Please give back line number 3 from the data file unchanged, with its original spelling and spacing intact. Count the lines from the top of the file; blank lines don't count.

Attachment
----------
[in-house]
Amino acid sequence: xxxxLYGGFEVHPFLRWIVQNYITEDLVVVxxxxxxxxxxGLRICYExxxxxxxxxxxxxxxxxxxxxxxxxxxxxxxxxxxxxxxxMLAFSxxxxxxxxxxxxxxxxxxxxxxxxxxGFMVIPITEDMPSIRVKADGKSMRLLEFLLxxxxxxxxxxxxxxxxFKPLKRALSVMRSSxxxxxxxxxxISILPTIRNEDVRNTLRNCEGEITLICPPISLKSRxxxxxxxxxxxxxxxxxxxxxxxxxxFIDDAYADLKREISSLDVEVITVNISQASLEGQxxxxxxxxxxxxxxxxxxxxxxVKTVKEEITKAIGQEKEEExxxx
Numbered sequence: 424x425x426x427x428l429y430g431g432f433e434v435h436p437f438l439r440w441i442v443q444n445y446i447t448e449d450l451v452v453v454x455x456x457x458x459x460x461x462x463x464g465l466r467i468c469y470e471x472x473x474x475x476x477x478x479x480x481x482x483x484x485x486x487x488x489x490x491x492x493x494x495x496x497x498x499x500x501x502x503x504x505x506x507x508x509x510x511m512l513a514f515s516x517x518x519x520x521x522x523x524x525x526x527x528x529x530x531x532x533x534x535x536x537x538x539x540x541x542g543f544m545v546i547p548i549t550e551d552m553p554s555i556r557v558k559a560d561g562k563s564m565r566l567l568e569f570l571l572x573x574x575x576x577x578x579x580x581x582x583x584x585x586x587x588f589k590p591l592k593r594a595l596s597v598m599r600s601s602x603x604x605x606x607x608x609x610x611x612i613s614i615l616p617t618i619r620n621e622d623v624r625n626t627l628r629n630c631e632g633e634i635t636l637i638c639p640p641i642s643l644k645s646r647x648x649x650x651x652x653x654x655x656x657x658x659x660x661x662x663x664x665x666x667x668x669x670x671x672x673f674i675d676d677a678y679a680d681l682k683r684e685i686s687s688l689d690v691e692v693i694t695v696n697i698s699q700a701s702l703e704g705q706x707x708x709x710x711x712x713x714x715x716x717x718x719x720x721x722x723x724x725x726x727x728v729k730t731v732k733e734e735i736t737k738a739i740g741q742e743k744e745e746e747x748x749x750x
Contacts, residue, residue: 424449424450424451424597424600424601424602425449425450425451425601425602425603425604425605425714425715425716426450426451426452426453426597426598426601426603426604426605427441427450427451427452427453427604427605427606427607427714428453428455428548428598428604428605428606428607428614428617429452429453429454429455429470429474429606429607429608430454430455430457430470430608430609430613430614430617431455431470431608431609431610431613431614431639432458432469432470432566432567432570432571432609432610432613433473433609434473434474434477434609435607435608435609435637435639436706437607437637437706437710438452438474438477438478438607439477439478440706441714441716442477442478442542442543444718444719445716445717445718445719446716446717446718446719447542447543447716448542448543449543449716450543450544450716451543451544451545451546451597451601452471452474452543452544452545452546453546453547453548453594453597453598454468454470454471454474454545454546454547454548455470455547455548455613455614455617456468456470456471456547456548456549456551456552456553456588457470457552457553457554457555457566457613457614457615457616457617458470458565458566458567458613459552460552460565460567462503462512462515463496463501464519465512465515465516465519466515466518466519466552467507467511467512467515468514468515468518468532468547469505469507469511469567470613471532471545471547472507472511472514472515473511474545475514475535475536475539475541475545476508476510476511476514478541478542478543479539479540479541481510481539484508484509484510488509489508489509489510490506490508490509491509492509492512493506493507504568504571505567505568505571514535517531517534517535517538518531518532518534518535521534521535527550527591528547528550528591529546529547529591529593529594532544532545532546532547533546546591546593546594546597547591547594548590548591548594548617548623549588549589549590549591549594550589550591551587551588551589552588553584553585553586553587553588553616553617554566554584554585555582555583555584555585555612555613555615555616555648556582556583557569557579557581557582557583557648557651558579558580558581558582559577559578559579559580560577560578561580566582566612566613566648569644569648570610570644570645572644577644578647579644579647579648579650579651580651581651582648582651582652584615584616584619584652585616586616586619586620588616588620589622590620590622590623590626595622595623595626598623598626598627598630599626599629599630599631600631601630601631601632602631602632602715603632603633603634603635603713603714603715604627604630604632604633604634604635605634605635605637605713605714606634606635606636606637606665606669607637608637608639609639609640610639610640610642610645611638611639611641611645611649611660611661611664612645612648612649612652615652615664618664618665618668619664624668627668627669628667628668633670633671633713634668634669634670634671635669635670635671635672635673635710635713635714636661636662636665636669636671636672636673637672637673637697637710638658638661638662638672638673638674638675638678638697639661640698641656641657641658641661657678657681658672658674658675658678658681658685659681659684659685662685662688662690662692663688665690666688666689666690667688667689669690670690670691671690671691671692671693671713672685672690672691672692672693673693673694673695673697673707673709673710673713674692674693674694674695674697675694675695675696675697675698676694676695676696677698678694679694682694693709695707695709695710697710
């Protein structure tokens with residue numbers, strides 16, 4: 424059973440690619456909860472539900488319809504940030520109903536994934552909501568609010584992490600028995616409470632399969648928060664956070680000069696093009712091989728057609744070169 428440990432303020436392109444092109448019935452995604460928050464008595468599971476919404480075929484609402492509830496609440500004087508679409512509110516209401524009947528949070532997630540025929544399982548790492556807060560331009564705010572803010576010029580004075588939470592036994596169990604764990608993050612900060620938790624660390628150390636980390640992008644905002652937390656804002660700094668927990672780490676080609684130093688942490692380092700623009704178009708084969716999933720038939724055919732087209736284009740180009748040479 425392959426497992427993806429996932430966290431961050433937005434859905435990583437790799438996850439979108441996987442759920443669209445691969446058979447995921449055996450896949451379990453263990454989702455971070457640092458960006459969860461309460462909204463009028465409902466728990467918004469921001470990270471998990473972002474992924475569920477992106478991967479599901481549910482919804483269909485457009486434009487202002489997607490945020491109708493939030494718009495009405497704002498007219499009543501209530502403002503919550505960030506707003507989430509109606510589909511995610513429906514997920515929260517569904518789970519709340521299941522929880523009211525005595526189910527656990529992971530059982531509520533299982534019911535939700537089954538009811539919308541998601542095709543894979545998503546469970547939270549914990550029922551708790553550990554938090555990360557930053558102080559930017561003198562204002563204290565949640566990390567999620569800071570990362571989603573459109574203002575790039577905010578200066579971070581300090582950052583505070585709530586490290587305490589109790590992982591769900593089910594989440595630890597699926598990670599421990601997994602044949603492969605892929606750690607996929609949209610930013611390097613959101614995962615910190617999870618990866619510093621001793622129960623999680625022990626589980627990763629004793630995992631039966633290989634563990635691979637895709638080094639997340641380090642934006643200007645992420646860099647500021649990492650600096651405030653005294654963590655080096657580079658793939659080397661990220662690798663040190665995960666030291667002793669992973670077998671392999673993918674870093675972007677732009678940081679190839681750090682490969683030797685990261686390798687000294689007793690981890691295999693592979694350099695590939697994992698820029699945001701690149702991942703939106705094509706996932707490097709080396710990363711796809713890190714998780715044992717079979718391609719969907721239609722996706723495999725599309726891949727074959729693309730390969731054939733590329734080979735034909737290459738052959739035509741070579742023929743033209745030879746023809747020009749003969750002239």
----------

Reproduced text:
Numbered sequence: 424x425x426x427x428l429y430g431g432f433e434v435h436p437f438l439r440w441i442v443q444n445y446i447t448e449d450l451v452v453v454x455x456x457x458x459x460x461x462x463x464g465l466r467i468c469y470e471x472x473x474x475x476x477x478x479x480x481x482x483x484x485x486x487x488x489x490x491x492x493x494x495x496x497x498x499x500x501x502x503x504x505x506x507x508x509x510x511m512l513a514f515s516x517x518x519x520x521x522x523x524x525x526x527x528x529x530x531x532x533x534x535x536x537x538x539x540x541x542g543f544m545v546i547p548i549t550e551d552m553p554s555i556r557v558k559a560d561g562k563s564m565r566l567l568e569f570l571l572x573x574x575x576x577x578x579x580x581x582x583x584x585x586x587x588f589k590p591l592k593r594a595l596s597v598m599r600s601s602x603x604x605x606x607x608x609x610x611x612i613s614i615l616p617t618i619r620n621e622d623v624r625n626t627l628r629n630c631e632g633e634i635t636l637i638c639p640p641i642s643l644k645s646r647x648x649x650x651x652x653x654x655x656x657x658x659x660x661x662x663x664x665x666x667x668x669x670x671x672x673f674i675d676d677a678y679a680d681l682k683r684e685i686s687s688l689d690v691e692v693i694t695v696n697i698s699q700a701s702l703e704g705q706x707x708x709x710x711x712x713x714x715x716x717x718x719x720x721x722x723x724x725x726x727x728v729k730t731v732k733e734e735i736t737k738a739i740g741q742e743k744e745e746e747x748x749x750x